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Pineapple crush can fight cancer

July 07, 2005

Australian scientists have discovered pineapple molecules can act as powerful anti-cancer agents and said today the research could lead to a new class of cancer-fighting drugs.

Scientists at the Queensland Institute of Medical Research said their work centred on two molecules from bromelaine, an extract derived from crushed pineapple stems that is used to tenderise meat, clarify beers and tan hides.

One of the molecules, CCZ, stimulates the body's immune system to target and kill cancer cells; the other, CCS, blocks a protein called Ras, which is defective in 30 per cent of all cancers.

QIMR researcher Tracey Mynott said her team had set out to find why the enzyme-rich bromelaine crush had such strong effects on biological material.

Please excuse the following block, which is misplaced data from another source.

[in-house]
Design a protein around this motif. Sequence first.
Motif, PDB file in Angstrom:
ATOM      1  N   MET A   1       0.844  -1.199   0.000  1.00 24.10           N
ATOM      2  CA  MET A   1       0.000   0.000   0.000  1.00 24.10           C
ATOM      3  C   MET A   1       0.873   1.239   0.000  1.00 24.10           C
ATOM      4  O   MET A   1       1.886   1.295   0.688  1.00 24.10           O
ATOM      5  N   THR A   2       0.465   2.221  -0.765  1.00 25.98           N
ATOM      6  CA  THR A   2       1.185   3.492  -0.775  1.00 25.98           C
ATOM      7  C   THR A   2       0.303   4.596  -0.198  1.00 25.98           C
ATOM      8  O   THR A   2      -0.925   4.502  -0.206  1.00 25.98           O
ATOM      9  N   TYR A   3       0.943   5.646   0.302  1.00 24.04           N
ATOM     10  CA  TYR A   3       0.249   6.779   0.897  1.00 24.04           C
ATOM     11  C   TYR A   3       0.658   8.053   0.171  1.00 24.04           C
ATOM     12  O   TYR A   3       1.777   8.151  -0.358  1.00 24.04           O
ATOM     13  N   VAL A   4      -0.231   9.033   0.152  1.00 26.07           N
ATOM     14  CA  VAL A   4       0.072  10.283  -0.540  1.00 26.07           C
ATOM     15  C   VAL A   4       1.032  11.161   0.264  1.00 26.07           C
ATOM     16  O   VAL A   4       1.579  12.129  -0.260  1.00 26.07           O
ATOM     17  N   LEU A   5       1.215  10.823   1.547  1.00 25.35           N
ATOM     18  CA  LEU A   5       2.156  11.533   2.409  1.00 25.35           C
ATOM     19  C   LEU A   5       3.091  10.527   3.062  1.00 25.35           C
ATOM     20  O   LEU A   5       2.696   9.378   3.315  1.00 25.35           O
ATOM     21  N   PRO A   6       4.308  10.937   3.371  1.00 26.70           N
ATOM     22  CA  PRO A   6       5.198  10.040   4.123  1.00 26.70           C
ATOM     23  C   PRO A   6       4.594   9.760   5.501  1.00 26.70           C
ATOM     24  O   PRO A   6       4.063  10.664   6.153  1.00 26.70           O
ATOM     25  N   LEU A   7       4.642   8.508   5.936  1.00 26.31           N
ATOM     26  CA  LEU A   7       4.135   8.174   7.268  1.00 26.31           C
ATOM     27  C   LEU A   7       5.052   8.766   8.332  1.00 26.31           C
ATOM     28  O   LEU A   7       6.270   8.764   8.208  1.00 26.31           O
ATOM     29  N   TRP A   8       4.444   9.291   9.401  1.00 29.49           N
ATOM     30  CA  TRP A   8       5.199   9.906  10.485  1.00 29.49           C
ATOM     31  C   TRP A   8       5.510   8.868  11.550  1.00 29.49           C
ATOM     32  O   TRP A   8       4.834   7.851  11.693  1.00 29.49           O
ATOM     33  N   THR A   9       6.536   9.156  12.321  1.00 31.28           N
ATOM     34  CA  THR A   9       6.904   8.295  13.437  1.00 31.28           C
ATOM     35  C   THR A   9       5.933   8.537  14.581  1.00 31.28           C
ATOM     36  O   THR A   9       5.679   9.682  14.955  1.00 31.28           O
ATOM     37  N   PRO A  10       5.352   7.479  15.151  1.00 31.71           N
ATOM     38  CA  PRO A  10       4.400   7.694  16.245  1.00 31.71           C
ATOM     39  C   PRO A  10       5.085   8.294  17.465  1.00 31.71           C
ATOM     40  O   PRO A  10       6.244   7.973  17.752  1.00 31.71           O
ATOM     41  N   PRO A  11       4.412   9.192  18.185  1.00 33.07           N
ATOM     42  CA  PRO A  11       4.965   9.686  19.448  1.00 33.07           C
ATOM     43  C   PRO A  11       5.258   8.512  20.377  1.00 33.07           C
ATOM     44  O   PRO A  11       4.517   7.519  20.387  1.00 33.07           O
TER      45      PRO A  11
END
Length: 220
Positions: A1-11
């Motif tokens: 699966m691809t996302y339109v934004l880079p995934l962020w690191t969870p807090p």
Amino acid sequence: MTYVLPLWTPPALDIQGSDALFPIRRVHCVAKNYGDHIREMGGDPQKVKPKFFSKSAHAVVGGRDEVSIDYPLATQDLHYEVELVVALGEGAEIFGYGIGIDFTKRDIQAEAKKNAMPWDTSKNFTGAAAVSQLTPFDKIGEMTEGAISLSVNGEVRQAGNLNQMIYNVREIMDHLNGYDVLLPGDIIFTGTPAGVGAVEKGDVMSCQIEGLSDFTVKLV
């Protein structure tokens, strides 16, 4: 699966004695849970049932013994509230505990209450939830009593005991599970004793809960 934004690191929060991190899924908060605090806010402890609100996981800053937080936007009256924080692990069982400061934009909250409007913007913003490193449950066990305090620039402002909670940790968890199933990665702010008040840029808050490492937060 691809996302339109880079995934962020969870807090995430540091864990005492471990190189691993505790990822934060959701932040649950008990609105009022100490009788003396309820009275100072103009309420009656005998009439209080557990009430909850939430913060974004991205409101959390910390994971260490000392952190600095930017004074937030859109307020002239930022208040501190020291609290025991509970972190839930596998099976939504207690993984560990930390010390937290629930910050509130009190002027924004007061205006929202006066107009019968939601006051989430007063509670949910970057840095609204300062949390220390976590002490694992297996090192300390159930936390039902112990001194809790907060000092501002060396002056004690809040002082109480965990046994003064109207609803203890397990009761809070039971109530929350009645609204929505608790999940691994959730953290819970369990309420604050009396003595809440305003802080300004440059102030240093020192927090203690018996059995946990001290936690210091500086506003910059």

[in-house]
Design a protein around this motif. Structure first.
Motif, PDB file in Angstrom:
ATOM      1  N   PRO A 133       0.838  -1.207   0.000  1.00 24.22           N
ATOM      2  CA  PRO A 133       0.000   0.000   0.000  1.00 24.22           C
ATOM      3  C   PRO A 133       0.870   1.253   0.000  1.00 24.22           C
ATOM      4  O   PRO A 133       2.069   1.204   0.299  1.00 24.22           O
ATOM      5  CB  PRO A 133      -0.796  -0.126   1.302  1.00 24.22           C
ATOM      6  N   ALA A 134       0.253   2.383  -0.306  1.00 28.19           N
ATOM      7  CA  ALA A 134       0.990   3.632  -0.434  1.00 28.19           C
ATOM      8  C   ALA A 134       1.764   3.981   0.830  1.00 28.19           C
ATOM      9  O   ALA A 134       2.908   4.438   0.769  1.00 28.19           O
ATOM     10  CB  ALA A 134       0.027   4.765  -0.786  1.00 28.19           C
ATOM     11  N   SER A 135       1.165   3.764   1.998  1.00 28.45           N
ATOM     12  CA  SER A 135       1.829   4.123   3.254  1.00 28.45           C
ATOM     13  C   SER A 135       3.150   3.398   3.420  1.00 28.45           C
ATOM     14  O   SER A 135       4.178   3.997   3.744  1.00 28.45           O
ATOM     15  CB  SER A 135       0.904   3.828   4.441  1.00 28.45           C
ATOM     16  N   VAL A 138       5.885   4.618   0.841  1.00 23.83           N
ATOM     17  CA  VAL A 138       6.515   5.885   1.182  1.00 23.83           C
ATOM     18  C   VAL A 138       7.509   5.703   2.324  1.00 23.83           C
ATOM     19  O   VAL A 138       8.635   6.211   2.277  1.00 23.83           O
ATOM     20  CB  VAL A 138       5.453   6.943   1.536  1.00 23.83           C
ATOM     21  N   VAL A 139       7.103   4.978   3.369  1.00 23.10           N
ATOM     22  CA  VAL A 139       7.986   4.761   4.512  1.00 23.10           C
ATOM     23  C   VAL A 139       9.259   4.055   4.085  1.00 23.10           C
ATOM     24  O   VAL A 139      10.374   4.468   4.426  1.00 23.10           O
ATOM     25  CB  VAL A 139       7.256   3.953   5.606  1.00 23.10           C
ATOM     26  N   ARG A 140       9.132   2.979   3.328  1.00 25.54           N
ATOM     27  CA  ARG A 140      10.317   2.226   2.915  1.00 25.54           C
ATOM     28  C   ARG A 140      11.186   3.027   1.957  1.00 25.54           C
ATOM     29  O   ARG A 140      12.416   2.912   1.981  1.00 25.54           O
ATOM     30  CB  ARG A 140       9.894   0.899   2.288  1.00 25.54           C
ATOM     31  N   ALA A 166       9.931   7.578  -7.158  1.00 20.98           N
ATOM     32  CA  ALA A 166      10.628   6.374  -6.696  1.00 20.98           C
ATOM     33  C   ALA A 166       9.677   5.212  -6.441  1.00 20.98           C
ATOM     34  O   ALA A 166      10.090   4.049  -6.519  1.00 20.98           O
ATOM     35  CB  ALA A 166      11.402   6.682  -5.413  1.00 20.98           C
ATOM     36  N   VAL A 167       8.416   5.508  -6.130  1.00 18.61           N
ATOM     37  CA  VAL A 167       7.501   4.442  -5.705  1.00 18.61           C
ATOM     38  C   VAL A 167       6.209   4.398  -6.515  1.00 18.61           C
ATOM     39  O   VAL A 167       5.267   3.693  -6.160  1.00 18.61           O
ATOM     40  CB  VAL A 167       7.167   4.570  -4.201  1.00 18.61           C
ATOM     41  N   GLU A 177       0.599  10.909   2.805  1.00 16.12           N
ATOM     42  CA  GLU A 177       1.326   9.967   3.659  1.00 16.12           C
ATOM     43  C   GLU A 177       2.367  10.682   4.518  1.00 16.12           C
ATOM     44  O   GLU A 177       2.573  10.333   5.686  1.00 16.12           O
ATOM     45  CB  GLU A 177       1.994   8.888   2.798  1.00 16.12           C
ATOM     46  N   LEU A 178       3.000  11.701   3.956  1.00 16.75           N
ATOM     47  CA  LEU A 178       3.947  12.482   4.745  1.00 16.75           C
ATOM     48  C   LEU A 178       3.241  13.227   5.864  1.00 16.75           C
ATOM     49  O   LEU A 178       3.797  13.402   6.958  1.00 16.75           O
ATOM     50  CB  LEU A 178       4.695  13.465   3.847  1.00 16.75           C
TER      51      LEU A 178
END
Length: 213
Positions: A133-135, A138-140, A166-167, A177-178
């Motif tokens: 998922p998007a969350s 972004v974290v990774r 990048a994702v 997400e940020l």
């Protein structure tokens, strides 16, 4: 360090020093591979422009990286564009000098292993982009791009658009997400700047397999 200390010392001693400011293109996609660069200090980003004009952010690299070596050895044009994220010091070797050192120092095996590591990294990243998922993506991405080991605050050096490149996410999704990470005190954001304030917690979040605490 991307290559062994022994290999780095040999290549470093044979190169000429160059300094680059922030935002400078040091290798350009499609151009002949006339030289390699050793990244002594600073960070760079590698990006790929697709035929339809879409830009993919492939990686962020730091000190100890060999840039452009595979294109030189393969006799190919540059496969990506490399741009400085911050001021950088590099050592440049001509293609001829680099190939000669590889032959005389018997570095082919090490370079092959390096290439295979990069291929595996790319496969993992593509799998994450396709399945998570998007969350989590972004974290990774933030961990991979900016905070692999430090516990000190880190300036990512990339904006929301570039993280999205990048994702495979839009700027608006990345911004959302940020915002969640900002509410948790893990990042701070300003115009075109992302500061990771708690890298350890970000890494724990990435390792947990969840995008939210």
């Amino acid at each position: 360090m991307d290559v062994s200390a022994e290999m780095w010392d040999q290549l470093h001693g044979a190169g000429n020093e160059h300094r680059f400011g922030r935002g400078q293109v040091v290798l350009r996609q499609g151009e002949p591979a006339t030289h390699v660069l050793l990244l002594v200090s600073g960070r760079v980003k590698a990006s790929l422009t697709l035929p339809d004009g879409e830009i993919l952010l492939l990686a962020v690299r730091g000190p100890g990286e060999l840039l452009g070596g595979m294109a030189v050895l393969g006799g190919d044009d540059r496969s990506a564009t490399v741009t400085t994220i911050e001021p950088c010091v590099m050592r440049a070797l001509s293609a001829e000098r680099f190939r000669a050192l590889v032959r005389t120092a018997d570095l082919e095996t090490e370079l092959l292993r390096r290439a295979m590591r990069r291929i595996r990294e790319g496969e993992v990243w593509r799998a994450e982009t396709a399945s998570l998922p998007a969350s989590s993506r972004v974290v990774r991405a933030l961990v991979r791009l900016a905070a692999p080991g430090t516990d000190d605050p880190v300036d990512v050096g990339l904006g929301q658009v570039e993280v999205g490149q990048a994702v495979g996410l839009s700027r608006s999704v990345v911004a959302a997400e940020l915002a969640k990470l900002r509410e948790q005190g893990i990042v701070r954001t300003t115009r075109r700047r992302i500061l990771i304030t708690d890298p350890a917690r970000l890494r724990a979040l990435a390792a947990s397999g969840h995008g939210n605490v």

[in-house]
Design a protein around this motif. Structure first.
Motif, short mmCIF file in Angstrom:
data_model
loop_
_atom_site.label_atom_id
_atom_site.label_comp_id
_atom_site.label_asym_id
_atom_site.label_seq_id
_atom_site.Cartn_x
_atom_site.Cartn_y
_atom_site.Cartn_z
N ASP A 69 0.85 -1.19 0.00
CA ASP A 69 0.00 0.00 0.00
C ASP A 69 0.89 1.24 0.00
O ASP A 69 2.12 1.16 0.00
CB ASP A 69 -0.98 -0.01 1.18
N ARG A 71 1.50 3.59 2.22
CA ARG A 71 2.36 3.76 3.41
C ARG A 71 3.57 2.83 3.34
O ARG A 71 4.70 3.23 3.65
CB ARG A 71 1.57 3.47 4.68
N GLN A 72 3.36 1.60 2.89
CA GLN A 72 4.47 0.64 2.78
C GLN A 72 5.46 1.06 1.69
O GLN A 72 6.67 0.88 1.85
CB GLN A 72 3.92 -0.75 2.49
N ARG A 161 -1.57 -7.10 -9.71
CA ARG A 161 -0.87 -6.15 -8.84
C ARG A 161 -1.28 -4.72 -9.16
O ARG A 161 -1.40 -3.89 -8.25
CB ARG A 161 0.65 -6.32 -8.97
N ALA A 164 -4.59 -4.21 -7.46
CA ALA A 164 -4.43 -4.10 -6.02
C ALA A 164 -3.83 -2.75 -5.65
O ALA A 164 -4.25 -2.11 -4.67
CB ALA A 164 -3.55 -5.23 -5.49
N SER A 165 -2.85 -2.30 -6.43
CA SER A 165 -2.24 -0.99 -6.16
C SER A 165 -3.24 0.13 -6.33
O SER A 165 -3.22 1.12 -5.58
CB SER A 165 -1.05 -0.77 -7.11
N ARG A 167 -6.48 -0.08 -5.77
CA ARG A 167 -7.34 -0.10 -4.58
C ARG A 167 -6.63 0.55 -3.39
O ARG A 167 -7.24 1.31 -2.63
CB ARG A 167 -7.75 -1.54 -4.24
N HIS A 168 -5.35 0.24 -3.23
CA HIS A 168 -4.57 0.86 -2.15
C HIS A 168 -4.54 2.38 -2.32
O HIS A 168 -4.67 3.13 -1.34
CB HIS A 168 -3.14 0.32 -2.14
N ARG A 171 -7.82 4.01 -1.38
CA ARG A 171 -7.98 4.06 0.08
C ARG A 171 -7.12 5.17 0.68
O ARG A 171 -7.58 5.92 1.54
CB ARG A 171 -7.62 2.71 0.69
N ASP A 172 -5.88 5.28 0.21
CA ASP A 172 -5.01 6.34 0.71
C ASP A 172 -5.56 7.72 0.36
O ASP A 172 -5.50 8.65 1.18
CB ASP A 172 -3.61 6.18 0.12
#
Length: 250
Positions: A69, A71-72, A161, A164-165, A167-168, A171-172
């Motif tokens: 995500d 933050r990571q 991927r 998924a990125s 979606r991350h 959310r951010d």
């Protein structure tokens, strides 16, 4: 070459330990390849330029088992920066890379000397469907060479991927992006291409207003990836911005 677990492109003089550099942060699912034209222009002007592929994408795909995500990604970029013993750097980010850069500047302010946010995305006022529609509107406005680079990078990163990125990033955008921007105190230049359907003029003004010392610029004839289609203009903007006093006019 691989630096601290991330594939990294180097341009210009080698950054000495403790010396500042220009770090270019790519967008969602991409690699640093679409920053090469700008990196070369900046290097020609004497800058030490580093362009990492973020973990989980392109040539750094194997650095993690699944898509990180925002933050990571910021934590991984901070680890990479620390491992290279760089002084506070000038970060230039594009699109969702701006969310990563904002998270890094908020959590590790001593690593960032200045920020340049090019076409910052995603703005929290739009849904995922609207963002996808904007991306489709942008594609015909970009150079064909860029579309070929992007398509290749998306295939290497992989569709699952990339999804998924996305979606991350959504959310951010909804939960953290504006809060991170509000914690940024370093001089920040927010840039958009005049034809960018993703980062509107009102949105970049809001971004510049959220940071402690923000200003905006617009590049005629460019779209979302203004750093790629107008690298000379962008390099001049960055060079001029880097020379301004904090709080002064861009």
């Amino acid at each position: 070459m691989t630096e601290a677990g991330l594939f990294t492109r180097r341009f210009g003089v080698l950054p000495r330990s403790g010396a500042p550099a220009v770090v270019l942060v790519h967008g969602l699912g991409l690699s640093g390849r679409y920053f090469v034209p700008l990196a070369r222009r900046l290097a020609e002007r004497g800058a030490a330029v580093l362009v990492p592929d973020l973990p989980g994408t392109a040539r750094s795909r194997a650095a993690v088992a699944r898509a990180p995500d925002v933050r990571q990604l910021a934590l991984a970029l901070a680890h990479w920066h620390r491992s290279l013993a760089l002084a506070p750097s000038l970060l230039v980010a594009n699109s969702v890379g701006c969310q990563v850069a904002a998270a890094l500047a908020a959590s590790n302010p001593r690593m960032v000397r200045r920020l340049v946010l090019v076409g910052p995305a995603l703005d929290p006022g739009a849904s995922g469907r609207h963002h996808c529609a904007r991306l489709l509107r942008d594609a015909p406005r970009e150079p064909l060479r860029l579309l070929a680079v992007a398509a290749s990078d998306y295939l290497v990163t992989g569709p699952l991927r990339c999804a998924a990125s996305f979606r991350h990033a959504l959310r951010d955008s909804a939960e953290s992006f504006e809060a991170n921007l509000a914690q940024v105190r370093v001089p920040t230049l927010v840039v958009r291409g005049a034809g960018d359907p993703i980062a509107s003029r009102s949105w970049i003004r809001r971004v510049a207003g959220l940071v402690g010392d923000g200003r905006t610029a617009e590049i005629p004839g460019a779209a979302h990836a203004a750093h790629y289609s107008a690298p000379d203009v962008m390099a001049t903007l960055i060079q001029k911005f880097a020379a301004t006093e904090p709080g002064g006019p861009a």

"In searching for these components, we discovered the CCS and CCZ proteins and found they could block growth of a broad range of tumour cells, including breast, lung, colon, ovarian and melanoma," Mynott said in a statement.

While clinical trials are a long way off, Mynott said the research had huge potential.

"The way CCS and CCZ work is different to any other drug in clinical use today," she said. "Therefore, CCS and CCZ will represent a totally new way of treating disease and potentially a whole new class of anti-cancer agent."

QIMR has launched a two-year study to examine the safety of the treatment and means of securing a reliable source of CCS and CCZ. If it succeeds, it will seek a commercial partner to develop a drug that could be used in human clinical trials. 

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